10 New Ways to Think about Hospitality This Thanksgiving
- Michelle Lazurek
- 2019 16 Oct
The holidays are right around the corner. Are you exhausted before they even begin? Do you feel overwhelmed by all the cooking and cleaning, not to mention the claustrophobic feeling of having a lot of family members in just a few rooms in your home? You are not alone.
There are ways to use and strengthen the gift of hospitality this holiday season without the pressure of a 4-course meal and a perfectly spotless home.
Here are ten ways to shift your perspective on the concept of hospitality, just in time for Thanksgiving:
1. Hospitality Doesn’t Mean You Clean the Whole House and Buy All the Food
You don’t have to do everything to be hospitable. If there are parts of the dinner you find tedious or hard to perfect, ask your guests to come to help. Maybe they can come to dinner with a side. One person can bring the potatoes, one can come with the dessert, until all parts of the dinner are covered.
Hospitality doesn’t mean guests come empty-handed. In fact, allowing your guests to contribute helps them share the blessing of being hospitable, too. Help shift the perspective that hospitality is a lot of work and overwhelming, to a manageable gift and blessing not only to ourselves but also others.
2. If You’re So Focused on the Prep That You Miss the People, You’ve Missed the Heart of Hospitality
The story of Mary and Martha demonstrates how quickly preparations for guests get in the way of the beauty of hospitality. Don’t allow dinner prep to derail the purpose of the holidays — to give God thanks for all of his many blessings.
What if, in between mashing potatoes and basting the turkey, you grabbed your journal and wrote down all the blessings you can remember? As you set the table, say a quick prayer for each person who will eat around it. As you open your door and embrace your guests, take a moment to look them in the eye and tell them how truly glad you are that they are spending their day with you.
Don’t get so wrapped up in the preparations that you miss the point of hospitality – to love others out of the abundance of love God has for you.
3. If You Don’t Feel Vulnerable When You Practice Hospitality, You’re Probably Not Doing It Right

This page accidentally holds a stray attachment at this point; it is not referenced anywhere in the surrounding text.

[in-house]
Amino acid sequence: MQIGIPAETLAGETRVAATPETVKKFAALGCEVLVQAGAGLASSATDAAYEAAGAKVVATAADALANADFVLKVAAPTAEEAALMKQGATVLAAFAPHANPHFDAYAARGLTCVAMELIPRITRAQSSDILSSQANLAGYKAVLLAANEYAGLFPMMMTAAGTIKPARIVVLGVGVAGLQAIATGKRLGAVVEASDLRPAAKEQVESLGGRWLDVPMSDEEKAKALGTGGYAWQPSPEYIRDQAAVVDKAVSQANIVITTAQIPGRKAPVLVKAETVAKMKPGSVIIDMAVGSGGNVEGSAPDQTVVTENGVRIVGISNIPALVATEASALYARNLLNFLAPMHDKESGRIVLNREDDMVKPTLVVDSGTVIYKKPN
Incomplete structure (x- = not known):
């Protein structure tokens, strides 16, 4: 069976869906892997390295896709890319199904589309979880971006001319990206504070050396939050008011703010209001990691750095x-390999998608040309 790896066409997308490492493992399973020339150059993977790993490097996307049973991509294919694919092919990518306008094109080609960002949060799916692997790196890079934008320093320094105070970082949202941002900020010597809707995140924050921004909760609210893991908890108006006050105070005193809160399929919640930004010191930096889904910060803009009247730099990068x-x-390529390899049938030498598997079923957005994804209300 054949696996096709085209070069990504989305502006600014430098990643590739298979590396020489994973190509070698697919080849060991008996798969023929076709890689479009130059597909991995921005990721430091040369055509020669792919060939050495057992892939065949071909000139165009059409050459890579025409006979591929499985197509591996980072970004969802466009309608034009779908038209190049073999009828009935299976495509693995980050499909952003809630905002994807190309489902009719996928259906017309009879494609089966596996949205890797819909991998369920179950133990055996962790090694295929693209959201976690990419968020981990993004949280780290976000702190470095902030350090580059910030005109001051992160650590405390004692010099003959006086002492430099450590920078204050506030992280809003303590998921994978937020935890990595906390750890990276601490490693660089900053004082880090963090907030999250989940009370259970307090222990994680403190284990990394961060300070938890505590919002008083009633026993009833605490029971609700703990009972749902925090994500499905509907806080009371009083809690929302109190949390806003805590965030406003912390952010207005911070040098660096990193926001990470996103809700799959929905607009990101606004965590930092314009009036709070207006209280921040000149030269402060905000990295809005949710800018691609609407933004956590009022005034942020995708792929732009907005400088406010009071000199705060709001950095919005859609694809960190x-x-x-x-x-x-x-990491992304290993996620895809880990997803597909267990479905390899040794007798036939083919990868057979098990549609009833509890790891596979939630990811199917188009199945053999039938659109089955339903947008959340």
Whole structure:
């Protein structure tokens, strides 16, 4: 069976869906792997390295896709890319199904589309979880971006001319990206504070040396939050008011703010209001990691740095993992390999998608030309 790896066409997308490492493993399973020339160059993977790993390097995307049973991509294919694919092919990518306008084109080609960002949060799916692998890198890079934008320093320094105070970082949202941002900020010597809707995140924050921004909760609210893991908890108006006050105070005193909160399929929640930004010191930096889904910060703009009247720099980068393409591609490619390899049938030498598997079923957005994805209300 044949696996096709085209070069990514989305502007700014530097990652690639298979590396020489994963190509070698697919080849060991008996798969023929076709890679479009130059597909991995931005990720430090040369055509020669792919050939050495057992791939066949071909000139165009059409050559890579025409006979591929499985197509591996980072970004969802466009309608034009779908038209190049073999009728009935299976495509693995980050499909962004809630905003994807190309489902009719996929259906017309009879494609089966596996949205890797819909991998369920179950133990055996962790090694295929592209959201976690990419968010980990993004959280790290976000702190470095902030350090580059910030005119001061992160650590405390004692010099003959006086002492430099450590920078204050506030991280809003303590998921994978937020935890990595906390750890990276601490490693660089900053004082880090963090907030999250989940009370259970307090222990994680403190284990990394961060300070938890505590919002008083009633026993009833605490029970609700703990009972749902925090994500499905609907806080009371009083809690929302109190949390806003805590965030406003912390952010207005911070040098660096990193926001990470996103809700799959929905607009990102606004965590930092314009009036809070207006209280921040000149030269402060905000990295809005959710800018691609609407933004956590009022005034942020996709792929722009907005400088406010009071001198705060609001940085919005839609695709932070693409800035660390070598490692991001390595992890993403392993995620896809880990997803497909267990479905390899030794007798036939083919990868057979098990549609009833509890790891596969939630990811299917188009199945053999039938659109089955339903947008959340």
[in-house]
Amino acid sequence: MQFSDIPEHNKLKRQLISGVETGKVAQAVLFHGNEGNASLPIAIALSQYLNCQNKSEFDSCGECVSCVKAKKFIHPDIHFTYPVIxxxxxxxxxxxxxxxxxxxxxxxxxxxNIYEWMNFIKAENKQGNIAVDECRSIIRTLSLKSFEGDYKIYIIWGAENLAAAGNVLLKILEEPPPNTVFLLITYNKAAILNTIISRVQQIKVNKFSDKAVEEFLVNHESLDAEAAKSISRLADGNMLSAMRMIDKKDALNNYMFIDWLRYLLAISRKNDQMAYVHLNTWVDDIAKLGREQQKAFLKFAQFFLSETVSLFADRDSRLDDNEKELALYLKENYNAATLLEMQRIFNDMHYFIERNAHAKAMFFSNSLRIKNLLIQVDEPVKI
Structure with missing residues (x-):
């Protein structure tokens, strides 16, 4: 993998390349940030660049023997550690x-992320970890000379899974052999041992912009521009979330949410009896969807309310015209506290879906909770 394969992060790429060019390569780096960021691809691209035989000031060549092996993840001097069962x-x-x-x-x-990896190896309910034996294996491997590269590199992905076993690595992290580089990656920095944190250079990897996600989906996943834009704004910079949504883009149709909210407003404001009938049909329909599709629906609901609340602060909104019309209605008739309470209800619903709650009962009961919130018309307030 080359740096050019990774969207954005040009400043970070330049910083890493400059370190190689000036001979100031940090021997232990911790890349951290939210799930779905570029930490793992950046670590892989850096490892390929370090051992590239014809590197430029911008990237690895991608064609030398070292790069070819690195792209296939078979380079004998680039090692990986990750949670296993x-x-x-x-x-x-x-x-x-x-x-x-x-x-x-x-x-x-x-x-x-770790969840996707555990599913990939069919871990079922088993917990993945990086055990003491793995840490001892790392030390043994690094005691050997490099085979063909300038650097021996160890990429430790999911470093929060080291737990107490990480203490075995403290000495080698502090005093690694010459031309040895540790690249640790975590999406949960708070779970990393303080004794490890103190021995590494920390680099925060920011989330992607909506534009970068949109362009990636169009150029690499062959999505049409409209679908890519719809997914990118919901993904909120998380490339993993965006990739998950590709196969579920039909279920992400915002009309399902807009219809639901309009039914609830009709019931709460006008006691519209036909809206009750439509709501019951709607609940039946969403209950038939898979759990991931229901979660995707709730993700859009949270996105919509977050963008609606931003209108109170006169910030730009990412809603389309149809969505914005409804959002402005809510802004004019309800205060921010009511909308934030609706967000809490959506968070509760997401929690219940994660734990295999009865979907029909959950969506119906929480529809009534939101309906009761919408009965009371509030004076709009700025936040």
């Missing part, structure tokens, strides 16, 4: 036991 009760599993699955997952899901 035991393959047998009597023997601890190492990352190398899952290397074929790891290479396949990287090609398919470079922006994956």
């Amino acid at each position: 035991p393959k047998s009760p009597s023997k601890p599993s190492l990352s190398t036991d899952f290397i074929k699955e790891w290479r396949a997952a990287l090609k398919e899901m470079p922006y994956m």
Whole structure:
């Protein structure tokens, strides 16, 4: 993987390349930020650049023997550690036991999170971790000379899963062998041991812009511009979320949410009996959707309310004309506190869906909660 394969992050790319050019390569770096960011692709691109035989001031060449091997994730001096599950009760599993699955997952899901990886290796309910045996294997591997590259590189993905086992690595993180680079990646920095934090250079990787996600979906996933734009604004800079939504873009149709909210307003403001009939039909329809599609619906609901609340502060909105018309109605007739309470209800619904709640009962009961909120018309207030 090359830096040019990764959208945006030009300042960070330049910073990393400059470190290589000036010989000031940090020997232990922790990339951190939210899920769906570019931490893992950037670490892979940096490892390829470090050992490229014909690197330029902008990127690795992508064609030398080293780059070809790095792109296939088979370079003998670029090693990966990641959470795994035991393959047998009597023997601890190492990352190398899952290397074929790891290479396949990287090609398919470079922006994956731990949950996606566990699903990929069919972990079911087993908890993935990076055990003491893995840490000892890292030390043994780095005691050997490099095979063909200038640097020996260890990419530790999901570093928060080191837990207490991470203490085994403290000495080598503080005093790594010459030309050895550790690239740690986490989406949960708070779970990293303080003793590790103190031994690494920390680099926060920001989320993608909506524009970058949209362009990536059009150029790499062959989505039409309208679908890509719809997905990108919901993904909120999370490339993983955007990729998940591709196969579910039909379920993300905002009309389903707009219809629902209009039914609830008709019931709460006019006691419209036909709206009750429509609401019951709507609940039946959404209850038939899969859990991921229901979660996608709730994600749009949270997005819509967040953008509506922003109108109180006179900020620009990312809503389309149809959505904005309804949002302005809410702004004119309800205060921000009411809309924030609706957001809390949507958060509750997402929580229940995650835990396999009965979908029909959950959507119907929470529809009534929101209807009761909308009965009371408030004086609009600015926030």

Church culture today lends itself to walking quickly in and out of church, smiling weakly at friends, answering with a quick “fine” when asked how we are, and trying hard to hide the awkward, less than perfect side of ourselves.
But it’s harder to hide when we invite others into our space. Try as we might to hide all trace of our flaws, there are inevitably still cobwebs in the corner, our less than perfectly coiffed hair and our bickering kids in the other room.
When we let people into our homes, we’re opening ourselves up to being seen in a deeper, more real way. If you don’t feel just a little bit vulnerable, you’re probably not practicing true hospitality.
4. Hospitality Is More Than Just Eating Together
We often think about hospitality as eating a meal with each other. While this is wonderful, there are other way to demonstrate hospitality—without a home and without eating. Set up a game night and go over a friend’s home or set up an event at your church.
Host a coffee night at church or your home. Get crafty and have people over who like to scrapbook, knit or crochet. Your guests can invite a friend to come who would like to learn a craft and those that have practiced their craft for a long time can teach it to the guests. If cooking isn’t your think, invite people to join you in whatever your “thing” is.
5. Consider Sharing Your Testimony during Thanksgiving Dinner
Thanksgiving is about giving thanks for how God has blessed you, over the past year and over a lifetime. Why not invite others to joining you in sharing testimonies of God’s faithfulness and generosity, both this year and throughout your lives. Go around the table and name one (or more) ways you have seen God at work in your life.
You can get creative and put a piece of paper and pen by each place setting. Let each person at the table write down one blessing they want to thank God for. Fold it in half in a way that serves as a place card in front of each plate. Instead of a person’s name, people sit down and read other people’s blessings.